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WASHINGTON, May 10 (Reuters) – U.S. President Joe Biden, under pressure to tame high inflation, told Americans on Tuesday that he understands what they are grappling with and that he and the U.S. Federal Reserve are working to solve the top issue weighing on his administration.
“They’re frustrated,” Biden said of Americans paying more for goods and services across the board. “I don’t blame them.”
With a spike in inflation having pushed annual consumer prices more than 8% higher, the president highlighted his release of oil from strategic petroleum reserves and pressure on companies to return record-high profits to consumers in the form of lower prices.
“I know that families all across America are hurting because of inflation,” Biden said in a speech from the White House. “I want every American to know that I am taking inflation very seriously and it is my top domestic priority.”
Biden said the COVID-19 pandemic, coupled with supply chain issues and Russia’s war on Ukraine, are to blame for the inflation spike. His administration rushed trillions in COVID aid and infrastructure spending into the economy, which Republicans and some economists blame for higher costs.
“We’re in power,” said Biden, asked whether he deserves blame for high prices. “We control all three branches of government. Well, we don’t really,” he added, lamenting Democrats’ ability to get other spending bills passed because of its narrow control of Congress.
Biden said the U.S. Federal Reserve should, and will do its job to control it. The U.S. central bank raised interest rates by half a percentage point last week and is expected to roll out additional hikes this year.
The president did not announce new policy measures in the speech, which took place a day before new consumer price data is expected to show inflation remained elevated through April.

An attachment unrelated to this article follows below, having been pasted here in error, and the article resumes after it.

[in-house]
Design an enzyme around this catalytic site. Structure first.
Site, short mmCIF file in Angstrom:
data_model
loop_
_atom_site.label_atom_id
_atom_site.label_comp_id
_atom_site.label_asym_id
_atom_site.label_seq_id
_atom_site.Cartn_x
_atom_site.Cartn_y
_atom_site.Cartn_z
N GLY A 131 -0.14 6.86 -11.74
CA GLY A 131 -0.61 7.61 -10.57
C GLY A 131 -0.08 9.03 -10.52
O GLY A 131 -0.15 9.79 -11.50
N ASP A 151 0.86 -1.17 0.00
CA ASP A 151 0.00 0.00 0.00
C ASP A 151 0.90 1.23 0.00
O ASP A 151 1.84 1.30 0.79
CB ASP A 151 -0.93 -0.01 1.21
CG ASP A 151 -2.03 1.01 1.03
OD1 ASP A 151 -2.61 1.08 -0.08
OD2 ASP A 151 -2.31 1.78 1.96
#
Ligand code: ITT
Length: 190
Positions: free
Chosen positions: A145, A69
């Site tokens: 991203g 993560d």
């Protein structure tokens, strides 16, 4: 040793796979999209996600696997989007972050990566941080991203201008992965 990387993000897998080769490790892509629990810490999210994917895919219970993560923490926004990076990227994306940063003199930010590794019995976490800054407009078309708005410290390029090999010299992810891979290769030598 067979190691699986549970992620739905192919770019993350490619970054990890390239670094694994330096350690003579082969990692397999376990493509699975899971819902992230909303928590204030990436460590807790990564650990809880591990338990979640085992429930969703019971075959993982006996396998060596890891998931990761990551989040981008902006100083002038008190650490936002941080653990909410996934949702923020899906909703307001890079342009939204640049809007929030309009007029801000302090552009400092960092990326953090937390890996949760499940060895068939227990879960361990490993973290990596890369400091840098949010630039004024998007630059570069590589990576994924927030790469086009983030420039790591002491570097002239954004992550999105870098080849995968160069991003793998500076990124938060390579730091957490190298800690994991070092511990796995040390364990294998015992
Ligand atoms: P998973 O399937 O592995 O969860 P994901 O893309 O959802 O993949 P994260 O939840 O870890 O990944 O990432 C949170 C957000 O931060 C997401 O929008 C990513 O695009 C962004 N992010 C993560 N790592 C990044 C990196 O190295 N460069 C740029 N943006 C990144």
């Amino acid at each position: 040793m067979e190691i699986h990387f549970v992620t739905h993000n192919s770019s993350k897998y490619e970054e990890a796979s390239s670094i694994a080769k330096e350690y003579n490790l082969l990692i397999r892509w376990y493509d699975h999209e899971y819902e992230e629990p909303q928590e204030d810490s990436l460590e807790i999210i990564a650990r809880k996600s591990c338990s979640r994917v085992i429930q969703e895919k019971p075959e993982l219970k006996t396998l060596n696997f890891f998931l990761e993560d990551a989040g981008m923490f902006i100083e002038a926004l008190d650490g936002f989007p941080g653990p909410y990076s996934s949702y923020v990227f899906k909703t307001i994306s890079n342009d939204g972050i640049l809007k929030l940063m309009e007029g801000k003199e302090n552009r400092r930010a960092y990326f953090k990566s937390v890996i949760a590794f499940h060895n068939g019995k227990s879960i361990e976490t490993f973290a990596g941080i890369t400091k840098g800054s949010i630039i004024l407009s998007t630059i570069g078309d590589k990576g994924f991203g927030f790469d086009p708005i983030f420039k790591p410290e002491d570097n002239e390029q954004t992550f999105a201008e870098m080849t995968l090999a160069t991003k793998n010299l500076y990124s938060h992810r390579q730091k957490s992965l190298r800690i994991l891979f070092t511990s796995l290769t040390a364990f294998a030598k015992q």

But he did say he was considering eliminating Trump-era tariffs on China as a way to lower prices for goods in the United States. “No decision has been made on it,” he said.
Biden sought to direct blame over inflation to Republicans, with six months before the Nov. 8 congressional elections that will determine whether Democrats can retain control of the Senate and House of Representatives.
Biden repeatedly attacked Republicans loyal to former President Donald Trump for holding up his agenda, lamenting that Democrats’ majority in Congress is not sufficient to gain approval of his priorities.
Biden and top officials said multiple times as prices rose in 2021 that they expected inflation to be temporary, but it has persisted.
Demand stimulated by government spending and savings accumulated during the pandemic have been no match for creaky supply chains and labor shortages, prompting higher inflation globally.
That has created a political problem as American consumers stare down higher grocery and gas bills exacerbated by measures blocking Russian oil and gas after the invasion of Ukraine, an action that Russia calls “a special operation.”
Fewer than half of U.S. adults – 44% – approve of Biden’s handling of the presidency and they rate the economy as the country’s most important problem, according to a Reuters/Ipsos poll last week.
Republicans are working to capitalize on the issue in the congressional elections, promoting steps including loosening regulations on oil and gas producers as well as cutting some taxes and government spending. But the party has not endorsed any policy document outlining the steps they would take on inflation.
Biden has sharpened his attack on Republicans in recent days, including dismissing former President Donald Trump’s “Make America Great Again” movement as extreme. read more
“Voters know that Republican-led states are leading in economic recovery and job creation, and will vote for Republicans and our proven agenda come November,” said Emma Vaughn, a spokesperson for the Republican National Committee.
Biden took aim at a ‘Rescue America’ proposal from Republican Rick Scott, the U.S. senator from Florida, that includes a federal minimum income tax which the White House says would cost middle-class families $1,500 a year.
“The Republican plan is to increase taxes on middle class families,” he said.
Scott has said the plan is solely his own, despite his role as chairman of the National Republican Senatorial Committee, the campaign arm of the Senate Republican caucus. Republican Senate Minority Leader Mitch McConnell has rejected Scott’s calls to tax Americans who pay no income tax and to sunset Social Security and Medicare entitlements.
Reporting by Trevor Hunnicutt and Jeff Mason; Additional reporting by Steve Holland and David Morgan; Editing by Kenneth Maxwell, Heather Timmons, Paul Simao and Chizu Nomiyama
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